Image from the ePingalert.org SPS and TBT notification system
Measures to Maintain a Healthy Food System
Governments have a responsibility to ensure the safety of their food supplies, and to protect the health of the plants and animals that supply the food system. They take steps to combat pests and diseases that threaten human, plant and animal health, seeking to eradicate them from domestic farms and ranches while also working prevent their introduction through imported products. For example, with respect to imports, governments often inspect imported products and reject those that are carrying pests and diseases. Or they require products to be treated or processed in a particular way to eliminate pests or pathogens, or to come from particular regions that are free of particular diseases. Such measures are known in international trade policy as sanitary and phytosanitary (SPS) measures.
Address Risks While Facilitating Trade
The United States is a major food exporter and importer, so we apply SPS measures to imports while also complying with the SPS requirements set by foreign governments when exporting to their markets. But while all governments recognize the need for – and the right of – other governments to impose SPS measures, they also want those governments to avoid overly restrictive SPS measures. SPS measures are supposed to be designed to address an actual health threat; they are not there to protect domestic producers from foreign competition. In particular, when countries negotiate to remove foreign tariffs and other formal barriers to their agricultural exports, they do not want those exports thwarted by false claims that they pose SPS risks.
In negotiating trade agreements, countries have sought to balance the twin objectives of protecting human, plant, and animal health and ensuring the international flow of safe food. When the World Trade Organization was established in 1995, it included an agreement on the rules governing how its members would impose SPS standards, known as the Agreement on the Application of Sanitary and Phytosanitary Measures, or SPS Agreement.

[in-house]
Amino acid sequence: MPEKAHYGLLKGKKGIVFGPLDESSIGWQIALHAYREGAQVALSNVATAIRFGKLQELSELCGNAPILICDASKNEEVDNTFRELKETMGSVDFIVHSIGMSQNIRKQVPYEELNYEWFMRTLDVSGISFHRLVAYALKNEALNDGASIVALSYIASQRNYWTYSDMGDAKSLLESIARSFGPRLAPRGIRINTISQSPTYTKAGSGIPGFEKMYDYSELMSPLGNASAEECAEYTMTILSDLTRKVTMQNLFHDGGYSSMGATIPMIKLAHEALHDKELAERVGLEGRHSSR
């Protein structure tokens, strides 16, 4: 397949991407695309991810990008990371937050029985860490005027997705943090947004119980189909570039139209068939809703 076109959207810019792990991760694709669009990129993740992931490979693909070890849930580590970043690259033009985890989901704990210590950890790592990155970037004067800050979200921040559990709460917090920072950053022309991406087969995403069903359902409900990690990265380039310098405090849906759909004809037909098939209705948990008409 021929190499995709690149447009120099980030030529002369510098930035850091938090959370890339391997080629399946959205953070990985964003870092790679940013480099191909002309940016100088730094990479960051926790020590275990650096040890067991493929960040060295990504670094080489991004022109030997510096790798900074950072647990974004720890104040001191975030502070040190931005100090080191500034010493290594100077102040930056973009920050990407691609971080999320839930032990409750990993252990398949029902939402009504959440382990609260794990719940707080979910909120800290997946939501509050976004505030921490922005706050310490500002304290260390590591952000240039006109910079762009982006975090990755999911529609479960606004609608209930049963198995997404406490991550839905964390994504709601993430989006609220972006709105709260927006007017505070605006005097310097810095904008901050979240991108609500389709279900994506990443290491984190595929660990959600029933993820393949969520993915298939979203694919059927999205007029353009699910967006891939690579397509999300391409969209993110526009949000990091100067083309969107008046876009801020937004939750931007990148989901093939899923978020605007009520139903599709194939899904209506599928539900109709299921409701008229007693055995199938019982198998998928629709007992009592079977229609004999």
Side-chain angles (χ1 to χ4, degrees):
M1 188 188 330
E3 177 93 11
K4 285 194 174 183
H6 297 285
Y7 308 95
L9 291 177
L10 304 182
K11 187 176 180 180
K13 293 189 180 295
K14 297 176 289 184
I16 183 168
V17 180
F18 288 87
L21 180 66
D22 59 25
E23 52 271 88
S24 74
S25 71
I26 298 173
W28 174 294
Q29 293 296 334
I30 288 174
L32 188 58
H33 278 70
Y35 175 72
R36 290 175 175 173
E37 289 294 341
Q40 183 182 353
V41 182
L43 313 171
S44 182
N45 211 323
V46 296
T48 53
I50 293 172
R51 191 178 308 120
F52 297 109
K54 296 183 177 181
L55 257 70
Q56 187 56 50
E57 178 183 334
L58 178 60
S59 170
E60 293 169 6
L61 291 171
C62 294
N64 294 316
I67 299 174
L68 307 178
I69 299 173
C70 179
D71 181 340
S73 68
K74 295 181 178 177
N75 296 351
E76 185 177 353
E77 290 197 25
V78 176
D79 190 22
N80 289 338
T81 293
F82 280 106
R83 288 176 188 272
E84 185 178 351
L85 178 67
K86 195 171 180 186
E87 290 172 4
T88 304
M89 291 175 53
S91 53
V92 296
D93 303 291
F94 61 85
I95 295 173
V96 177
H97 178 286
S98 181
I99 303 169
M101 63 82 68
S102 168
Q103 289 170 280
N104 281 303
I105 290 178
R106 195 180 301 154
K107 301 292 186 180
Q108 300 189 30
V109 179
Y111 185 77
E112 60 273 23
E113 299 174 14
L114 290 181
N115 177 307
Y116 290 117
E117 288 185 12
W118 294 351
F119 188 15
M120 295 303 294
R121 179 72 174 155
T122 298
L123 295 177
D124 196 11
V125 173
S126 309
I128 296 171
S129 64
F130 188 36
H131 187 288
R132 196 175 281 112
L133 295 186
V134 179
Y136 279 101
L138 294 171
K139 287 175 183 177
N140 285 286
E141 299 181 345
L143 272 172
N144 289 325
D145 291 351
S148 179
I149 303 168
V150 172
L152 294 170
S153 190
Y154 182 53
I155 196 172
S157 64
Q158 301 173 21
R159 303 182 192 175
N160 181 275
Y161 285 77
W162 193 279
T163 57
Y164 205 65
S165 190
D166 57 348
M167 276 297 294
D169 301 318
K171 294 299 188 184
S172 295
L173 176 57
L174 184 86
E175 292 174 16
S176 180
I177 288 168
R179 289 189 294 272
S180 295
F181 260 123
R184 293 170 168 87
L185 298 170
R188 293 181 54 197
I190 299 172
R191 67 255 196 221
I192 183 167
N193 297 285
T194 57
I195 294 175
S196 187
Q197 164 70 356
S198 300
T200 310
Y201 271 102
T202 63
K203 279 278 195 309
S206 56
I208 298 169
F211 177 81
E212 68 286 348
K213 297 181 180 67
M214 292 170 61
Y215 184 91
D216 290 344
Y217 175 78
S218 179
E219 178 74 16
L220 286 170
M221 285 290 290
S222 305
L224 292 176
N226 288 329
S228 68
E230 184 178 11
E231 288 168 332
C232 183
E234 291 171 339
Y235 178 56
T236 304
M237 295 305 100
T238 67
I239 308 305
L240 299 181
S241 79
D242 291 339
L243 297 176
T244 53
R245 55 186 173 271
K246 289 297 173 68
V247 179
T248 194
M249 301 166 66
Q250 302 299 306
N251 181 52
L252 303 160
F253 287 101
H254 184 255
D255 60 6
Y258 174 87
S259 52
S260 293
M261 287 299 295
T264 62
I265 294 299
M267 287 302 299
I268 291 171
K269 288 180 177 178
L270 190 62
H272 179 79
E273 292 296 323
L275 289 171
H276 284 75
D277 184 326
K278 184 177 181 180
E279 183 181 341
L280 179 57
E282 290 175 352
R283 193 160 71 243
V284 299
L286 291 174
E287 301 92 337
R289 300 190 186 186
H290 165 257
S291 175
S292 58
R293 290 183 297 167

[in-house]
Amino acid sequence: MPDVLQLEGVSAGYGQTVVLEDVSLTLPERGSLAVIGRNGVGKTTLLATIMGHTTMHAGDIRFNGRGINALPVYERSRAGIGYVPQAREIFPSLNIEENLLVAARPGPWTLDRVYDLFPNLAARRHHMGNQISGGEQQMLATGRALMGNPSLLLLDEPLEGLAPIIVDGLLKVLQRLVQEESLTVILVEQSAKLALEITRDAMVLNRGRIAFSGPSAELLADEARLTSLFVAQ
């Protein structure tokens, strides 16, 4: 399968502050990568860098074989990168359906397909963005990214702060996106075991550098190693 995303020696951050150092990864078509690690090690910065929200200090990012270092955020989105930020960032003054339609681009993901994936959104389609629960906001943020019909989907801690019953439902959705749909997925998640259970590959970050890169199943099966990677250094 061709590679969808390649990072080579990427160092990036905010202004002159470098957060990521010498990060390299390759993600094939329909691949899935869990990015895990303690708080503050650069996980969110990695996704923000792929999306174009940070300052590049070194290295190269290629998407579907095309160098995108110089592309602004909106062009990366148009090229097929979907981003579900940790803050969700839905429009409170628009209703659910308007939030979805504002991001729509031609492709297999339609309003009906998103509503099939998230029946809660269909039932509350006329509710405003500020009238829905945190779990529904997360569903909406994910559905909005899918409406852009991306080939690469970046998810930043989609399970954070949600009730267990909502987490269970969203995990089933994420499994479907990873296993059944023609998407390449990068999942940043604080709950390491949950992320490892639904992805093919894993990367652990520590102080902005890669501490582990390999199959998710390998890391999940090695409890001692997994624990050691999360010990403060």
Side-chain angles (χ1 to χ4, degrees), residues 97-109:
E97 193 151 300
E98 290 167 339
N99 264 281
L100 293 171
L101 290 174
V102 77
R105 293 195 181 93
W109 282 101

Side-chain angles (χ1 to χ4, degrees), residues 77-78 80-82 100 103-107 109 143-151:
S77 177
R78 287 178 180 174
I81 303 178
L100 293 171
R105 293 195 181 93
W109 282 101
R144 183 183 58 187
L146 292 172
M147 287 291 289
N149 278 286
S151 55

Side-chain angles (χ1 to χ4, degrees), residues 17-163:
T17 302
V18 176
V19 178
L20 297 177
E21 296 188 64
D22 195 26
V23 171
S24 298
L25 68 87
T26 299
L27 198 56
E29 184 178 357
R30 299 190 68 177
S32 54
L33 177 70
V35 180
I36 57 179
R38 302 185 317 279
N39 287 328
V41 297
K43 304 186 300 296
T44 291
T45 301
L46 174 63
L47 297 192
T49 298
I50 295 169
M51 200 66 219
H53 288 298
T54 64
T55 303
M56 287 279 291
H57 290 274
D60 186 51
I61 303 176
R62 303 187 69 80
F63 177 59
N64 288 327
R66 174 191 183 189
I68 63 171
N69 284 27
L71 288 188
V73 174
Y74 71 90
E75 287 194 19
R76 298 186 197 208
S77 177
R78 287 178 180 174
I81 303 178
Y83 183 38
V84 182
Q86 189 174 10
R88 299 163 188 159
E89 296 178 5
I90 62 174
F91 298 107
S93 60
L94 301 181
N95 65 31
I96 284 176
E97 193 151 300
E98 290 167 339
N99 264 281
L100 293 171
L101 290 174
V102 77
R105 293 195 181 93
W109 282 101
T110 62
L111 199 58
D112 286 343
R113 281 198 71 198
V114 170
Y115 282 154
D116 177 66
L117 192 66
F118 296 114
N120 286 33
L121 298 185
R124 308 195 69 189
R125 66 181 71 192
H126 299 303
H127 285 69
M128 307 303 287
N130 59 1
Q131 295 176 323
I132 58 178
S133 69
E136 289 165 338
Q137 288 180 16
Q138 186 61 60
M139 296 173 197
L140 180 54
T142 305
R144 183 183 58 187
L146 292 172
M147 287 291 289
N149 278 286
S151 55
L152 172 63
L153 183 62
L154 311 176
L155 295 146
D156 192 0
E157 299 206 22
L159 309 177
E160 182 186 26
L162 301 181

Commitments to Find the Balance
A fundamental requirement under the SPS Agreement is that governments develop and implement SPS measures using scientific principles and evidence. Governments are encouraged to base their SPS measures on international standards; however, they are free to depart from these standards if they want their SPS measures to be more protective than the standard, so long as the measures otherwise follow the requirements of the SPS Agreement.
In addition to having a scientific basis, the measures may be applied only to the extent necessary to protect human, animal or plant life or health. They should also not arbitrarily or unjustifiably discriminate between countries where identical or similar conditions prevail — that is, if two exporting countries have the same pest, the importing country may not allow products from one to be imported if treated for the pest without allowing imports from the second country if likewise treated. Members are also required to base their SPS measures on an appropriate risk assessment that considers relevant factors, such as whether the imported product came from a pest- or disease-free area and whether effective treatments are available to address the risk without prohibiting importation outright.